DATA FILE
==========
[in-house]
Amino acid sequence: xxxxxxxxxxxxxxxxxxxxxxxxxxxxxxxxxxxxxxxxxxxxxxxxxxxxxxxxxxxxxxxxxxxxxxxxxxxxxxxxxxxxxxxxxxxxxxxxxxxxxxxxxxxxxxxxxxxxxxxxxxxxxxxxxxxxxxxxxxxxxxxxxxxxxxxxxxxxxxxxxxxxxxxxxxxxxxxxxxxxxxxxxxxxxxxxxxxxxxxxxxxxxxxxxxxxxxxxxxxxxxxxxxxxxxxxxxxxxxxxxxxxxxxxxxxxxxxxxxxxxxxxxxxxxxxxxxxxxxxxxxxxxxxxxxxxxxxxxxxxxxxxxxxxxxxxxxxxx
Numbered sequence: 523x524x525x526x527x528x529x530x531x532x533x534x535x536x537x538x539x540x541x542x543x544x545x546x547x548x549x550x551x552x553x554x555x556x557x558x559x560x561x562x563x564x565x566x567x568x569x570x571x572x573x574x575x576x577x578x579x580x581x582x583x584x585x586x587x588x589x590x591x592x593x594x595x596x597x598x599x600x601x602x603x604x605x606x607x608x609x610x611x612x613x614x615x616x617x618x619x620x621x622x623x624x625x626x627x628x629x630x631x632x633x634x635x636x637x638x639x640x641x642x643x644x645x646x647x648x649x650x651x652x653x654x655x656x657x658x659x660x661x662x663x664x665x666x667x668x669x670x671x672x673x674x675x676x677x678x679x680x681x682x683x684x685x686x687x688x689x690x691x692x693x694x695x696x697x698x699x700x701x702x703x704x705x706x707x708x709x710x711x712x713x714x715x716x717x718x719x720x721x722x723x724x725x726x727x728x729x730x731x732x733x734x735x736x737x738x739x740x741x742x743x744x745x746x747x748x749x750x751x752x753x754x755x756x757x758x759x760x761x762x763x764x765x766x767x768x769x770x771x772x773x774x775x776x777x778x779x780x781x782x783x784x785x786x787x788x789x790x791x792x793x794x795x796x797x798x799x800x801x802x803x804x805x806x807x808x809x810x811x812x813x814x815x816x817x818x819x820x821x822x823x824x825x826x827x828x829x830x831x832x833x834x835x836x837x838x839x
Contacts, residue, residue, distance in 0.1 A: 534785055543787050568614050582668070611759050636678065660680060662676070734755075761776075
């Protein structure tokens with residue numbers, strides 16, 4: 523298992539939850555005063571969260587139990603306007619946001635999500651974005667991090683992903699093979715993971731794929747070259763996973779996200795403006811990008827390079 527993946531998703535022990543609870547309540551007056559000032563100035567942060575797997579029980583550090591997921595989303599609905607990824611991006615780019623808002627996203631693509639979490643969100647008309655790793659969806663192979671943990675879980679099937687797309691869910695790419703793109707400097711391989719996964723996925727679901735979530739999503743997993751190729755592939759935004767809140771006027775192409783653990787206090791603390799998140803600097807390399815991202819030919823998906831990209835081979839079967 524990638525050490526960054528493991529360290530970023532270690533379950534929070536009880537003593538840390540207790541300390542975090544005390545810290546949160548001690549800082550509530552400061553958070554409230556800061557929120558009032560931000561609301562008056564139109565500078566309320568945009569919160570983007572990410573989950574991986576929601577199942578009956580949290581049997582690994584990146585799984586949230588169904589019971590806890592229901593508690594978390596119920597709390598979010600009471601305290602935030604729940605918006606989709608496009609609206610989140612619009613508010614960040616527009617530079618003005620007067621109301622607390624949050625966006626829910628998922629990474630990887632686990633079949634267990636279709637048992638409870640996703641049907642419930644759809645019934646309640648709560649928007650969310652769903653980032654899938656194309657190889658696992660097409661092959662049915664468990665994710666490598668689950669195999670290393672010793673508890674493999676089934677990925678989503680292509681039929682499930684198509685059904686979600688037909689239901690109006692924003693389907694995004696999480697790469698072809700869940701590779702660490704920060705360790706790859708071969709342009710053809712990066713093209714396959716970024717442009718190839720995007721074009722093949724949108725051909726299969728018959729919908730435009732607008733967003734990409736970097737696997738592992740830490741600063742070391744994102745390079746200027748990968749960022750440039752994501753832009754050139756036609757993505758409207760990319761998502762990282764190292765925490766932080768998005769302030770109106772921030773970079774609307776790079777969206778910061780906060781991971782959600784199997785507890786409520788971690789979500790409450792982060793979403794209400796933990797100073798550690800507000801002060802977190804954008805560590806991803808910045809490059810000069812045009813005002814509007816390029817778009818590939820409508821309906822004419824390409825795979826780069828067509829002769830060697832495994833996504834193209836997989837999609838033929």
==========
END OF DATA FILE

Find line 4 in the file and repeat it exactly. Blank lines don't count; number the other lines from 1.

Contacts, residue, residue, distance in 0.1 A: 534785055543787050568614050582668070611759050636678065660680060662676070734755075761776075